Judge Hernan D. Vera currently serves on the Los Angeles Superior Court, a popular source for California judicial nominees. While his time on the bench is fairly brief, his extensive tenure at the pro bono firm Public Counsel is likely to bring scrutiny in evaluating Vera’s nomination to the bench.
Hernan D. Vera got a B.A. with Distinction from Stanford University in 1991, and a J.D. from U.C.L.A. School of Law in 1994. After graduating, Vera briefly joined the Los Angeles office of O’Melveny & Myers before clerking for Judge Consuelo Marshall on the U.S. District Court for the Central District of California. He then spent a year as a staff attorney at the Mexican American Legal Defense and Educational Fund (MALDEF) before returning to O’Melveny.
In 2002, Vera joined the public interest law firm Public Counsel and became President and CEO in 2008. In 2015, he moved to become a Principal at Bird Marella P.C.
In 2020, Vera was named by Gov. Gavin Newsom to the Los Angeles Superior Court, where he currently serves.
History of the Seat
Vera has been nominated to the U.S. District Court for the Central District of California to a seat vacated by Judge Margaret Morrow on October 29, 2015. Despite the seat opening with more than a year left in the Obama Administration, the Administration did not put a candidate forward to fill the vacancy.
In October 2018, the Trump Administration nominated Jeremy Rosen, a Los Angeles based appellate attorney and longtime member of the Federalist Society. However, Rosen’s nomination stalled due to the opposition of California Senators, and he was never confirmed.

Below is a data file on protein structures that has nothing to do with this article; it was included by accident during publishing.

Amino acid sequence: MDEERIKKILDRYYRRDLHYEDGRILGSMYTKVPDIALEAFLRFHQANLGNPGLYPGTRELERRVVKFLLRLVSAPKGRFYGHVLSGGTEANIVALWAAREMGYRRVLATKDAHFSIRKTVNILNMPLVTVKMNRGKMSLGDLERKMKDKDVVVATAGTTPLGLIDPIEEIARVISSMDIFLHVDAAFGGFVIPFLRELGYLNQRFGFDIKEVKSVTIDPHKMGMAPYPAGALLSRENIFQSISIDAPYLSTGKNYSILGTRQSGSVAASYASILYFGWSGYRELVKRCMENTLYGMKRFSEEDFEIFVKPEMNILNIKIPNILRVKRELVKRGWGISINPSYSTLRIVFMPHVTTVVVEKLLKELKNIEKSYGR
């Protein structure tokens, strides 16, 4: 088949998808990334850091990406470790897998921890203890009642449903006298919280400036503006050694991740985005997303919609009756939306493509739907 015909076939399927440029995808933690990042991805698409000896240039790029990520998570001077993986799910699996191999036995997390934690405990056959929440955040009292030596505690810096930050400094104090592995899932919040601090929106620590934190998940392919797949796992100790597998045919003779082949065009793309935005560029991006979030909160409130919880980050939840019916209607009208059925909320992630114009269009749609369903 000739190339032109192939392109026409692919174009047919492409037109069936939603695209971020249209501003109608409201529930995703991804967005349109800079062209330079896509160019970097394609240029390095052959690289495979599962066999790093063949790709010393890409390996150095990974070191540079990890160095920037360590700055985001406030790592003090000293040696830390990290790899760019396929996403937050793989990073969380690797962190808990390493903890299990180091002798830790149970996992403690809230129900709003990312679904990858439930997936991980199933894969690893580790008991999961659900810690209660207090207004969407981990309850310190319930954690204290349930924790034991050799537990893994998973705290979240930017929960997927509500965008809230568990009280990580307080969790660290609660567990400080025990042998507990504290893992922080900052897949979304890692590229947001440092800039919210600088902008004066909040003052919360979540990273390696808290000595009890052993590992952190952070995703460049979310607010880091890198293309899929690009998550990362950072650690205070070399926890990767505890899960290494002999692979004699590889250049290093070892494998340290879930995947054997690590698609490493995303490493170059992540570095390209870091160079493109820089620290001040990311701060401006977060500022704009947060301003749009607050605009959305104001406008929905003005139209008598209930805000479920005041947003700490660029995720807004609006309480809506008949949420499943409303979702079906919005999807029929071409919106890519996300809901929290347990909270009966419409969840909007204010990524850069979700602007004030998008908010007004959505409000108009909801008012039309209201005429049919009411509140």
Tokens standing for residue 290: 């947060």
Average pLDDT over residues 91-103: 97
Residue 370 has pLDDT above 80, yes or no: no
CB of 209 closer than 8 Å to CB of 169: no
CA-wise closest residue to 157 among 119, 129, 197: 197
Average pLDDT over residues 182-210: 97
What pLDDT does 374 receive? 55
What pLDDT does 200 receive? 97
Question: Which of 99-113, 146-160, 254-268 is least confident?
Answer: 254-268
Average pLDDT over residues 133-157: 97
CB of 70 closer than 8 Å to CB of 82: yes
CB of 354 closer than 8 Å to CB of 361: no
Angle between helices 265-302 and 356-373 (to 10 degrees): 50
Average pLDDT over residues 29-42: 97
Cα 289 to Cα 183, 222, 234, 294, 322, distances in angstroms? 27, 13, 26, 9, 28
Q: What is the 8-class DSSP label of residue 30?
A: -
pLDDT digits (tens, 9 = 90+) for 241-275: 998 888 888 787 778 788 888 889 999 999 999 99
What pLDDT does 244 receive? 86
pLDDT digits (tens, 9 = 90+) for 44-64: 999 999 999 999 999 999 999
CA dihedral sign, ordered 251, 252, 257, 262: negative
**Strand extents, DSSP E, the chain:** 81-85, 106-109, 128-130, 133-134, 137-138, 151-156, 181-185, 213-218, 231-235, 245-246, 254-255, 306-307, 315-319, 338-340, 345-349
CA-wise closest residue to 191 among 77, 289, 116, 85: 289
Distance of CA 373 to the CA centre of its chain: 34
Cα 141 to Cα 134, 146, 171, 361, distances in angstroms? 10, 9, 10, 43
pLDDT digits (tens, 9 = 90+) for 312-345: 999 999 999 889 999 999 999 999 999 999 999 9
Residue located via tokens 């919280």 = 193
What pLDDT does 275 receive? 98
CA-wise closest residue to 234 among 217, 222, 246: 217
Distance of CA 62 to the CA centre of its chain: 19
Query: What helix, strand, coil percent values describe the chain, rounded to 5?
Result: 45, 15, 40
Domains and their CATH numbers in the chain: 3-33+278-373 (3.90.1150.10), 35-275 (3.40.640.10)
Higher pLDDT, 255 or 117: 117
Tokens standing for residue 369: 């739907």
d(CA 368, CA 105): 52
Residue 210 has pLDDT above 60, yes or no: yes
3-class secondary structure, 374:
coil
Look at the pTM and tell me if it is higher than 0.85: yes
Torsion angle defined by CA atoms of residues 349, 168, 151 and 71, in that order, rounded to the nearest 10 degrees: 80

While he started his career in private practice, Vera spent a significant portion at the public-interest law firm, Public Counsel, where he served as President and CEO. Among the matters he handled there, Vera sued the Hollywood (CA) Presbytarian Medical Center for “dumping” a paraplegic homeless man on skid row. See Lawsuit Says Hospital ‘Dumped’ Homeless Man, Healthcare Risk Management, Mar. 1, 2008. Vera also sued the Pasadena school district to allow foster children in group homes to attend school. Jennifer English, Suit Brought Against Pasadena School District on Behalf of Foster Youth, City News Service, June 27, 2006.
Since 2015, Vera has been a Principal at Bird Marella, largely focusing on commercial litigation. For example, Vera represented Defendants in a private fraud and breach of fiduciary duty lawsuit in the Central District of California. See Tatung Co. v. Shu Tze Hsu, 217 F. Supp. 3d 1138 (C.D. Cal. 2016). Vera also represented a Charter School in challenging tax assessments that are not levied against public schools. Los Angeles Leadership Academy, Inc. v. Prang, 46 Cal. App. 5th 270 (2020).
Since 2020, Vera has served as a judge on the Los Angeles Superior Court. In this role, Vera presides over trial court matters in criminal, civil, family, and other state law matters. Vera’s brief tenure does not reveal enough about a judicial philosophy.
Writings and Statements
During his time at Public Counsel, Vera frequently wrote and spoke on the law. For example, in a 2012 column, Vera noted that the lack of comprehensive immigration reform leads to “rampant fraud” targeting immigrants. Hernan Vera, The Silent Casualties of Immigration Scams, Political Machine, May 18, 2012. He has also written in support of “access to justice” initiatives, noting that public interest lawyers perform an important role by offering free legal service to the underserved. See Hernan D. Vera, Closing Argument: Looking for Big Solutions For Access to Justice in California, 37 Los Angeles Lawyer 68 (November 2014).